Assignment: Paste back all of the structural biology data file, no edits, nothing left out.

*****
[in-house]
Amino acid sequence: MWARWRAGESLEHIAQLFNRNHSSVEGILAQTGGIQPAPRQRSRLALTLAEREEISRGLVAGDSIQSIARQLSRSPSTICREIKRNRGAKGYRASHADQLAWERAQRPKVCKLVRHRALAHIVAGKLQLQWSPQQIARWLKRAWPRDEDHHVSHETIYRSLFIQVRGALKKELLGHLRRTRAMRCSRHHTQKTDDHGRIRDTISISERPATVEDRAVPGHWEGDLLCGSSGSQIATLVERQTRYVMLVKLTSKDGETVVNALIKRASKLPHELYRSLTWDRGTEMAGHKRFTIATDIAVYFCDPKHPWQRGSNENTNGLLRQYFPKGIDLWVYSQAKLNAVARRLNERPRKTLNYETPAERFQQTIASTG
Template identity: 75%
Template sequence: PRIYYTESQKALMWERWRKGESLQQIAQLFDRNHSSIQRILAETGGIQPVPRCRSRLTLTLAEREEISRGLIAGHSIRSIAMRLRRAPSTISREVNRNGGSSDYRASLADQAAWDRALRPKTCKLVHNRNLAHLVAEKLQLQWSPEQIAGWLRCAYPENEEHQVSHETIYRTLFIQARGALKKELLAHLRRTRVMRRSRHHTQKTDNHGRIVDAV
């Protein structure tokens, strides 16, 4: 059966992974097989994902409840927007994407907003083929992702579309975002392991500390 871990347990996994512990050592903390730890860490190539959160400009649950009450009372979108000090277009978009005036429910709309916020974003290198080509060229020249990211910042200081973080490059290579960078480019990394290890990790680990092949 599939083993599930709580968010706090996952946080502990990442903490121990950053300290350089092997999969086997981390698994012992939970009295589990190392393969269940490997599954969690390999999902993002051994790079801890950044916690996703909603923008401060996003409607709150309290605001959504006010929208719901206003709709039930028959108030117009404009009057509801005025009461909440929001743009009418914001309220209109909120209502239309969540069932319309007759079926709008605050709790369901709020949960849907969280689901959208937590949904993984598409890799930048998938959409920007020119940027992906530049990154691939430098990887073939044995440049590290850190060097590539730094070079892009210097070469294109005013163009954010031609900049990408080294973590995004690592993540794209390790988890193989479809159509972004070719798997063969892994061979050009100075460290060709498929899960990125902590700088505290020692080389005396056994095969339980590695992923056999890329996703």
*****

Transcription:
[in-house]
Amino acid sequence: MWARWRAGESLEHIAQLFNRNHSSVEGILAQTGGIQPAPRQRSRLALTLAEREEISRGLVAGDSIQSIARQLSRSPSTICREIKRNRGAKGYRASHADQLAWERAQRPKVCKLVRHRALAHIVAGKLQLQWSPQQIARWLKRAWPRDEDHHVSHETIYRSLFIQVRGALKKELLGHLRRTRAMRCSRHHTQKTDDHGRIRDTISISERPATVEDRAVPGHWEGDLLCGSSGSQIATLVERQTRYVMLVKLTSKDGETVVNALIKRASKLPHELYRSLTWDRGTEMAGHKRFTIATDIAVYFCDPKHPWQRGSNENTNGLLRQYFPKGIDLWVYSQAKLNAVARRLNERPRKTLNYETPAERFQQTIASTG
Template identity: 75%
Template sequence: PRIYYTESQKALMWERWRKGESLQQIAQLFDRNHSSIQRILAETGGIQPVPRCRSRLTLTLAEREEISRGLIAGHSIRSIAMRLRRAPSTISREVNRNGGSSDYRASLADQAAWDRALRPKTCKLVHNRNLAHLVAEKLQLQWSPEQIAGWLRCAYPENEEHQVSHETIYRTLFIQARGALKKELLAHLRRTRVMRRSRHHTQKTDNHGRIVDAV
């Protein structure tokens, strides 16, 4: 059966992974097989994902409840927007994407907003083929992702579309975002392991500390 871990347990996994512990050592903390730890860490190539959160400009649950009450009372979108000090277009978009005036429910709309916020974003290198080509060229020249990211910042200081973080490059290579960078480019990394290890990790680990092949 599939083993599930709580968010706090996952946080502990990442903490121990950053300290350089092997999969086997981390698994012992939970009295589990190392393969269940490997599954969690390999999902993002051994790079801890950044916690996703909603923008401060996003409607709150309290605001959504006010929208719901206003709709039930028959108030117009404009009057509801005025009461909440929001743009009418914001309220209109909120209502239309969540069932319309007759079926709008605050709790369901709020949960849907969280689901959208937590949904993984598409890799930048998938959409920007020119940027992906530049990154691939430098990887073939044995440049590290850190060097590539730094070079892009210097070469294109005013163009954010031609900049990408080294973590995004690592993540794209390790988890193989479809159509972004070719798997063969892994061979050009100075460290060709498929899960990125902590700088505290020692080389005396056994095969339980590695992923056999890329996703």